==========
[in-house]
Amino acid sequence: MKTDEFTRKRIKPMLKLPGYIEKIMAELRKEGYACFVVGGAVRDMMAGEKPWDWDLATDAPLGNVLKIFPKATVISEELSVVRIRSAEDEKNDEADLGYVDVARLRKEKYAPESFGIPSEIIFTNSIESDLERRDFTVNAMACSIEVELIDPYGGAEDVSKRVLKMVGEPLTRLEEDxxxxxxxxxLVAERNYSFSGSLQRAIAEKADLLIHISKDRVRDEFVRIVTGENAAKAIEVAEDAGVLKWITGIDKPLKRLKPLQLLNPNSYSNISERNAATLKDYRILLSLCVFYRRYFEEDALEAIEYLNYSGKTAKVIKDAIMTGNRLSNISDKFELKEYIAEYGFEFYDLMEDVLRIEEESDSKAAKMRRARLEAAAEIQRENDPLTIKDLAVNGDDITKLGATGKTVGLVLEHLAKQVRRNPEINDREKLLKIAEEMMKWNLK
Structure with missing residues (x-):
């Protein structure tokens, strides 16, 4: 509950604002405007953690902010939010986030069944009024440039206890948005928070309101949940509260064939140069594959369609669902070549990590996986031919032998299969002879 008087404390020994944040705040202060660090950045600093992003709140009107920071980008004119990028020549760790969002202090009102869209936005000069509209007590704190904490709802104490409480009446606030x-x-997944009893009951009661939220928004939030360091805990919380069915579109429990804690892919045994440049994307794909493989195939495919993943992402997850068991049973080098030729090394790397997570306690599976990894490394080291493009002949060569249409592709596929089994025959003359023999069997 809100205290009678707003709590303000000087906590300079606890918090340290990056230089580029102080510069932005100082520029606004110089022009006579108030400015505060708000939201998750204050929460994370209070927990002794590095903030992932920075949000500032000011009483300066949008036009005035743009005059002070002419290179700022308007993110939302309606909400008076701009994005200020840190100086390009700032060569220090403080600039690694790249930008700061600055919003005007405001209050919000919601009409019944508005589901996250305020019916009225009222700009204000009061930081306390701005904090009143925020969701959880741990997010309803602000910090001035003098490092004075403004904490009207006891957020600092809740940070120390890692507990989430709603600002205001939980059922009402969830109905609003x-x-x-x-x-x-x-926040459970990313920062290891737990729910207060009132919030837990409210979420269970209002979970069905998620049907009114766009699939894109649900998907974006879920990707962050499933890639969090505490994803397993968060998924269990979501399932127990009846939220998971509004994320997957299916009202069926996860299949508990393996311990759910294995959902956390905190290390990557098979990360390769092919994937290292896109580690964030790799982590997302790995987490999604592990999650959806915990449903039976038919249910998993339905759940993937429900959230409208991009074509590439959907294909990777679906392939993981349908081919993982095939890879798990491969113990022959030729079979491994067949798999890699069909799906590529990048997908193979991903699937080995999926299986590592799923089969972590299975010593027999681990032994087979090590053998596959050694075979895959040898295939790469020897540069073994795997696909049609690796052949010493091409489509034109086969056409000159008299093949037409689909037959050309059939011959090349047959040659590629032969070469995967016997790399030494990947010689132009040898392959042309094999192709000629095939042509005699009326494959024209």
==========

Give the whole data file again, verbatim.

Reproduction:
[in-house]
Amino acid sequence: MKTDEFTRKRIKPMLKLPGYIEKIMAELRKEGYACFVVGGAVRDMMAGEKPWDWDLATDAPLGNVLKIFPKATVISEELSVVRIRSAEDEKNDEADLGYVDVARLRKEKYAPESFGIPSEIIFTNSIESDLERRDFTVNAMACSIEVELIDPYGGAEDVSKRVLKMVGEPLTRLEEDxxxxxxxxxLVAERNYSFSGSLQRAIAEKADLLIHISKDRVRDEFVRIVTGENAAKAIEVAEDAGVLKWITGIDKPLKRLKPLQLLNPNSYSNISERNAATLKDYRILLSLCVFYRRYFEEDALEAIEYLNYSGKTAKVIKDAIMTGNRLSNISDKFELKEYIAEYGFEFYDLMEDVLRIEEESDSKAAKMRRARLEAAAEIQRENDPLTIKDLAVNGDDITKLGATGKTVGLVLEHLAKQVRRNPEINDREKLLKIAEEMMKWNLK
Structure with missing residues (x-):
């Protein structure tokens, strides 16, 4: 509950604002405007953690902010939010986030069944009024440039206890948005928070309101949940509260064939140069594959369609669902070549990590996986031919032998299969002879 008087404390020994944040705040202060660090950045600093992003709140009107920071980008004119990028020549760790969002202090009102869209936005000069509209007590704190904490709802104490409480009446606030x-x-997944009893009951009661939220928004939030360091805990919380069915579109429990804690892919045994440049994307794909493989195939495919993943992402997850068991049973080098030729090394790397997570306690599976990894490394080291493009002949060569249409592709596929089994025959003359023999069997 809100205290009678707003709590303000000087906590300079606890918090340290990056230089580029102080510069932005100082520029606004110089022009006579108030400015505060708000939201998750204050929460994370209070927990002794590095903030992932920075949000500032000011009483300066949008036009005035743009005059002070002419290179700022308007993110939302309606909400008076701009994005200020840190100086390009700032060569220090403080600039690694790249930008700061600055919003005007405001209050919000919601009409019944508005589901996250305020019916009225009222700009204000009061930081306390701005904090009143925020969701959880741990997010309803602000910090001035003098490092004075403004904490009207006891957020600092809740940070120390890692507990989430709603600002205001939980059922009402969830109905609003x-x-x-x-x-x-x-926040459970990313920062290891737990729910207060009132919030837990409210979420269970209002979970069905998620049907009114766009699939894109649900998907974006879920990707962050499933890639969090505490994803397993968060998924269990979501399932127990009846939220998971509004994320997957299916009202069926996860299949508990393996311990759910294995959902956390905190290390990557098979990360390769092919994937290292896109580690964030790799982590997302790995987490999604592990999650959806915990449903039976038919249910998993339905759940993937429900959230409208991009074509590439959907294909990777679906392939993981349908081919993982095939890879798990491969113990022959030729079979491994067949798999890699069909799906590529990048997908193979991903699937080995999926299986590592799923089969972590299975010593027999681990032994087979090590053998596959050694075979895959040898295939790469020897540069073994795997696909049609690796052949010493091409489509034109086969056409000159008299093949037409689909037959050309059939011959090349047959040659590629032969070469995967016997790399030494990947010689132009040898392959042309094999192709000629095939042509005699009326494959024209």